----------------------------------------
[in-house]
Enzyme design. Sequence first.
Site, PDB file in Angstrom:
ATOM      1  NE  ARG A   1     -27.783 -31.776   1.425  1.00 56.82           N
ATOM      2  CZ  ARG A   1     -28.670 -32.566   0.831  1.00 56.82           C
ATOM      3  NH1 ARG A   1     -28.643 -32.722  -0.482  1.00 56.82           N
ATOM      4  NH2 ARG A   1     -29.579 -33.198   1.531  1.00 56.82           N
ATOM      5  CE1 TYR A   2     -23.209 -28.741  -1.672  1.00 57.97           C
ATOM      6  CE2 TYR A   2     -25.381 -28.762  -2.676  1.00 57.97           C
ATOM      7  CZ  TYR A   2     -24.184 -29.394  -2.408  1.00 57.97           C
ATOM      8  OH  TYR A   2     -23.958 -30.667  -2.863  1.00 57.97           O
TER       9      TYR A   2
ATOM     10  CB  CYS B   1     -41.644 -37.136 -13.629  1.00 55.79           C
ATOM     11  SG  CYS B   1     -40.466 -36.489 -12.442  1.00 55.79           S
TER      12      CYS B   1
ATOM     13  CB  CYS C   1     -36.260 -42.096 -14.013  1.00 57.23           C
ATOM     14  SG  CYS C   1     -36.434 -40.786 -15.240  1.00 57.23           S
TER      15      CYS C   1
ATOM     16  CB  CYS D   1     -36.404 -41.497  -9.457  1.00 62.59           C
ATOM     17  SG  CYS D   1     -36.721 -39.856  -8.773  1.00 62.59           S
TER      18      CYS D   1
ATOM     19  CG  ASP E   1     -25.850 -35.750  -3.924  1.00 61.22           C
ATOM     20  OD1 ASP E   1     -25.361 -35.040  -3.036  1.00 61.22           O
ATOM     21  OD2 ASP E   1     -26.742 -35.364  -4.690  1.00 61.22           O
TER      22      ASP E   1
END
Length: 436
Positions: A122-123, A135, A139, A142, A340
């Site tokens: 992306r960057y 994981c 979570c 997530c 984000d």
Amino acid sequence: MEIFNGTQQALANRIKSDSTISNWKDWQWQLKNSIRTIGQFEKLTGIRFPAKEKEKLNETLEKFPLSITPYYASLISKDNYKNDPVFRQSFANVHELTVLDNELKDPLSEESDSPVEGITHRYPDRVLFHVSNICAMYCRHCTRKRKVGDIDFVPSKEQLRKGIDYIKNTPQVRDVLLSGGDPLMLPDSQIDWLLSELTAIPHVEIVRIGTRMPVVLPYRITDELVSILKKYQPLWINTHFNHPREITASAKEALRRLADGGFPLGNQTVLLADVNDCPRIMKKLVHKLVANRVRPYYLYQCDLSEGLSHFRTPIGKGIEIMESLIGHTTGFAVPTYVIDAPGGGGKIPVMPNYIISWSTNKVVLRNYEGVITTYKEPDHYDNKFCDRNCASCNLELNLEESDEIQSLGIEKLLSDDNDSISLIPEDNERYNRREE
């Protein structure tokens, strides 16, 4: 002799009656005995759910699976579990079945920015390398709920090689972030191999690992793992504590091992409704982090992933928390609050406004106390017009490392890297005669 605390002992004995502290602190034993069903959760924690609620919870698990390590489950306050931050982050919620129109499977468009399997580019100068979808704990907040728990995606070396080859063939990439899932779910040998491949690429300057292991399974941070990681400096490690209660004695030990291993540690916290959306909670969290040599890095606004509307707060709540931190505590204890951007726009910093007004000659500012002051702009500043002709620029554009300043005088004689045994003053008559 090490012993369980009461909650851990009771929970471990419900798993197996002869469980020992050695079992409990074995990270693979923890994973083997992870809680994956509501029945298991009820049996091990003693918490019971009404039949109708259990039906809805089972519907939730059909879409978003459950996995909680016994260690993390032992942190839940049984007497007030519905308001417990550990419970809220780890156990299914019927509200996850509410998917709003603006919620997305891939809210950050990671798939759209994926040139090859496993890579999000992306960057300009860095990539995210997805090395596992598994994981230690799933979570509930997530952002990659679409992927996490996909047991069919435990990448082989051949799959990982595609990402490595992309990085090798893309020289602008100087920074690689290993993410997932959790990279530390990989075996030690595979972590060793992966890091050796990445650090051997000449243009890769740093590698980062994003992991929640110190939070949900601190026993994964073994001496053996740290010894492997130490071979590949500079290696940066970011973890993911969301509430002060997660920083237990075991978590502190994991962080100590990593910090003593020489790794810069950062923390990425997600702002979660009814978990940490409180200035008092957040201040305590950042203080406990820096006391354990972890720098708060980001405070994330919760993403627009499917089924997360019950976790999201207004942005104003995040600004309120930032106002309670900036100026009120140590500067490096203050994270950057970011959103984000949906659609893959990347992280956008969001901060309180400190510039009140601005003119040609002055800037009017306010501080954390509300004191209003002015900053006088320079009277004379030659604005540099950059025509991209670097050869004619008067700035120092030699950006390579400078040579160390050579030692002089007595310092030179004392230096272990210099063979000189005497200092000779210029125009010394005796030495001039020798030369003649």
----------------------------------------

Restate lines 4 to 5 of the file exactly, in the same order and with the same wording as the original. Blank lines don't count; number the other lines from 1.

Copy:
ATOM      1  NE  ARG A   1     -27.783 -31.776   1.425  1.00 56.82           N
ATOM      2  CZ  ARG A   1     -28.670 -32.566   0.831  1.00 56.82           C